Speaker 3:38:30Um, make sure that you go to the website and if they call for papers is out, started thinking about where are going to submit. Exactly. Exactly. All right. Well, rob, I don't know if you have anything else to share with us. I really appreciate your time. I know that, uh, I know tech Cliche, but I know you are busy, so, uh, uh, if you have anything else to share with us, please do so and, uh, again, thank you very much for sharing your time with us and say please say hi to all the members of the board and your wife were running such a great organization and we'll see you if nothing else may of next year. Exactly. I was standing. I just want to thank you for the invitation and thank you for being such a good personal friend, uh, and, and also for all that you give back to the, to the profession, uh, you know, you are considered a luminary of by many, many people, myself included, but you are very selfless, uh, in, in, in what you give for the profession, not just an adjunct, but for the profession in general and anybody that's, that's coming up in the profession, you always are willing and able to give them a hand up.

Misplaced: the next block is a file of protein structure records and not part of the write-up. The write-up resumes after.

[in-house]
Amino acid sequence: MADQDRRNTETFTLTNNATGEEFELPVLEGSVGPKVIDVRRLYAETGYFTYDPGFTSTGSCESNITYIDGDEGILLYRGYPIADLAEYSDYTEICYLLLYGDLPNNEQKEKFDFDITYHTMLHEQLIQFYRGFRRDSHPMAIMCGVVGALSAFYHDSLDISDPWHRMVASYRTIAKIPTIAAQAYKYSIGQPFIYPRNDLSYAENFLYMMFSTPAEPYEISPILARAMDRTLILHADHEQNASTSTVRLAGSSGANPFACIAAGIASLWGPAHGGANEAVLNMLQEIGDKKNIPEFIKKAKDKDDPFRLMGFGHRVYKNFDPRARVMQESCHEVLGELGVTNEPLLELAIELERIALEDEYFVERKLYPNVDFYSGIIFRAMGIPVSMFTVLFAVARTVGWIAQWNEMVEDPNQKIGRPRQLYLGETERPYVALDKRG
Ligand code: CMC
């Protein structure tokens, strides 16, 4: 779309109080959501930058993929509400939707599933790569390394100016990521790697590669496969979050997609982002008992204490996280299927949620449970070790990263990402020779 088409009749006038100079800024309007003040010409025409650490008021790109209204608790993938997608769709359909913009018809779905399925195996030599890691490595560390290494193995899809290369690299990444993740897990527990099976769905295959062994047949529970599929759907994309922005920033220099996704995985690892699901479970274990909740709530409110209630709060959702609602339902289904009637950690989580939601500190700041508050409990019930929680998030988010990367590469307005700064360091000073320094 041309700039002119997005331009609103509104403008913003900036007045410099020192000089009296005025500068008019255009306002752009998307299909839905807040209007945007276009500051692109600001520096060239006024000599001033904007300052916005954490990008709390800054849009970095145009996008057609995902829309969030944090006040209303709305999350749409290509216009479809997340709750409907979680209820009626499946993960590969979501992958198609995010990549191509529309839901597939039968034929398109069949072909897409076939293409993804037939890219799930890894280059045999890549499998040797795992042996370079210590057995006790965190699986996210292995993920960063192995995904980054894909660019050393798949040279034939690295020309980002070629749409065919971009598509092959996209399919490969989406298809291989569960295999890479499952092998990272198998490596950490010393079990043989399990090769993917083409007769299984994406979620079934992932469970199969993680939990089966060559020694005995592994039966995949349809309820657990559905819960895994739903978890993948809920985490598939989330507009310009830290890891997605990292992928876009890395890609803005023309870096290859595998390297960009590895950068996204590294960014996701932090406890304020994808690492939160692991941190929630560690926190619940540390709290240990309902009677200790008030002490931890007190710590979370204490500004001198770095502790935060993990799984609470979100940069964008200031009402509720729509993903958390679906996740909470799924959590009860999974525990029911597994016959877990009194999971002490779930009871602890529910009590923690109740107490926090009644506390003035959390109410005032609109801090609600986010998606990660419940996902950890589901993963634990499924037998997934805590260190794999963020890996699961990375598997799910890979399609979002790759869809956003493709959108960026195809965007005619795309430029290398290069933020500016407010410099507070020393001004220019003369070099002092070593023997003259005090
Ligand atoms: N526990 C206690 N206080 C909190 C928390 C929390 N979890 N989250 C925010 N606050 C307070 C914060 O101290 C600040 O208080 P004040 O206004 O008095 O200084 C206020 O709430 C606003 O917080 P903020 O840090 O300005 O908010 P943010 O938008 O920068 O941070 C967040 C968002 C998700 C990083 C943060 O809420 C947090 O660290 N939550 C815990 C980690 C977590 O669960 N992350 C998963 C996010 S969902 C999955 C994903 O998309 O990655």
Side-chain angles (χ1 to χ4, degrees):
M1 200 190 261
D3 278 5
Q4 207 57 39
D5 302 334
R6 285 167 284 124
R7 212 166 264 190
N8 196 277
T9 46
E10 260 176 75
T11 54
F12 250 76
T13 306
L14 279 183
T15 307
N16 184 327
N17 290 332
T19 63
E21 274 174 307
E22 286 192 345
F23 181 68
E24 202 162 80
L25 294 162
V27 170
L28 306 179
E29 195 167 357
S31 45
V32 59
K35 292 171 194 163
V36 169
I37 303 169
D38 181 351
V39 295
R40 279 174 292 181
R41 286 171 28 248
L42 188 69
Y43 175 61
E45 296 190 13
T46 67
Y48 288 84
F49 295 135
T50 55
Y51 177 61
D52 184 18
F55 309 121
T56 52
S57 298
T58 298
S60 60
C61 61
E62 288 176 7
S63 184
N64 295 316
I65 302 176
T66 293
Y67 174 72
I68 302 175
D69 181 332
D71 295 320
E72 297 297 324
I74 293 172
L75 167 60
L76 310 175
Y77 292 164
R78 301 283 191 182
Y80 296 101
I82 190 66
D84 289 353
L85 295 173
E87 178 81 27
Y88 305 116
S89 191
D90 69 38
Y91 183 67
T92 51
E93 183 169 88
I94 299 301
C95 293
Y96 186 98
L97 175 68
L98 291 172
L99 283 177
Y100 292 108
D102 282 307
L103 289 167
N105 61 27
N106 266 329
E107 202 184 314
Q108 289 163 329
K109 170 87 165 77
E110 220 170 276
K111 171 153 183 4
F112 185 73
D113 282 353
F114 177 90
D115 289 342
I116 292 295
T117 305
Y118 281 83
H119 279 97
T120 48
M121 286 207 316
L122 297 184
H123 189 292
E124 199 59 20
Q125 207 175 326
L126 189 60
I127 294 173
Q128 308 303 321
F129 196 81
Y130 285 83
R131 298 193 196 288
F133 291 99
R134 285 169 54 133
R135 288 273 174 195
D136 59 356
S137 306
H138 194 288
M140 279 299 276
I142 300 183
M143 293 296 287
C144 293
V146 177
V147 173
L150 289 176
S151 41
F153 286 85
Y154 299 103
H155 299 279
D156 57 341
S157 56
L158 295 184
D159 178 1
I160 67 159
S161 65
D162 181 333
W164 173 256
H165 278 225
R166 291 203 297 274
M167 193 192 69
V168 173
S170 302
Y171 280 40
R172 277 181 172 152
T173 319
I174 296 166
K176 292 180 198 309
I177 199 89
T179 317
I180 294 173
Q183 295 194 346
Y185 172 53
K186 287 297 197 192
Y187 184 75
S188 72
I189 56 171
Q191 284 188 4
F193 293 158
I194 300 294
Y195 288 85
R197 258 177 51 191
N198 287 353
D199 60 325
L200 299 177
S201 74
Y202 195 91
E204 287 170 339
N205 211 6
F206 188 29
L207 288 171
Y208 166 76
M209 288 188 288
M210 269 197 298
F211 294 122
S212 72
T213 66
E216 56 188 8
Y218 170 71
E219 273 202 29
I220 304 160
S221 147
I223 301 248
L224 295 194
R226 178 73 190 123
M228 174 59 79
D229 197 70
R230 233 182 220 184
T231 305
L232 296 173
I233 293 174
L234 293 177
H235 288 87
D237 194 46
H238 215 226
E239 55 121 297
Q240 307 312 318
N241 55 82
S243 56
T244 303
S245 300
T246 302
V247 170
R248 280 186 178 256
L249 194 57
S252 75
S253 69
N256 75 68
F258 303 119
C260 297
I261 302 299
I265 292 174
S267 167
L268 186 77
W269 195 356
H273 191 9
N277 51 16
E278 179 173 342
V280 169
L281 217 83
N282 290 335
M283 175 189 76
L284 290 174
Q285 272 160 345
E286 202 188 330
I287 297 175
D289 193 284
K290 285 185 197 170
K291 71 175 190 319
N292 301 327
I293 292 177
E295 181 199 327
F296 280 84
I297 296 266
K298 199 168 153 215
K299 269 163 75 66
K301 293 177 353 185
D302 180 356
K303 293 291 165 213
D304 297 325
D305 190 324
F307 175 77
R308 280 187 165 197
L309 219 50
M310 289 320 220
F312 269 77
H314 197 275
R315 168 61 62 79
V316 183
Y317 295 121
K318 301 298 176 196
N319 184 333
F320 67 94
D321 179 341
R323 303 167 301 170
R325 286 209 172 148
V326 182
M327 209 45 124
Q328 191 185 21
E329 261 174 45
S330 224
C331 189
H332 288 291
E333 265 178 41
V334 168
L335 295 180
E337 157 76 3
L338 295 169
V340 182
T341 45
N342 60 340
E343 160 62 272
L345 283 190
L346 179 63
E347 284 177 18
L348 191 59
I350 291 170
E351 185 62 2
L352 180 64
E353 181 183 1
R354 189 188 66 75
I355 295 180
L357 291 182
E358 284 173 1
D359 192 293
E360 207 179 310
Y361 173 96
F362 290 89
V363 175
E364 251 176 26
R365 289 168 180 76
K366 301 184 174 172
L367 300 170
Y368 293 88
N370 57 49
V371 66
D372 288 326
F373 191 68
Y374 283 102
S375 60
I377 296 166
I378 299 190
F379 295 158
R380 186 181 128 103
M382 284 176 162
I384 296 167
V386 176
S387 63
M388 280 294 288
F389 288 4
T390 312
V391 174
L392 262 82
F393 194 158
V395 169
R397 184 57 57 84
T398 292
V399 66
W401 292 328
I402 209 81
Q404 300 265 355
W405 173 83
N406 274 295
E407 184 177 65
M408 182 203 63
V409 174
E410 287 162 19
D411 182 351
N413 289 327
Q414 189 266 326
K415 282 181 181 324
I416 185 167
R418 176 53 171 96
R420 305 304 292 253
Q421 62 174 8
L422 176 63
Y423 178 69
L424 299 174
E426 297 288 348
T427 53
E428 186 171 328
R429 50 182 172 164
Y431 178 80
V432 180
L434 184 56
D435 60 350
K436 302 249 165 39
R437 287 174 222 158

Speaker 3:39:35And, uh, that's one of the reasons, like I told you before we got started that, uh, there's very few things you could ask me to do that I wouldn't do because I have that much, uh, admiration, respect, and fondness for you as a friend and a colleague and a, anytime you need me, you can count on me and, uh, thank you for being such a great friend of magic. And, uh, certainly will extend all of your, a wondrous offers including a potential for a Webinar, uh, to the board and the training and education committee. And I'm sure that even if we don't see each other before me, I'm sure that we'll be in touch. All right. Okay. Well thanks a lot. Thanks, Christine. Bye Bye. Take care. Bye. Bye.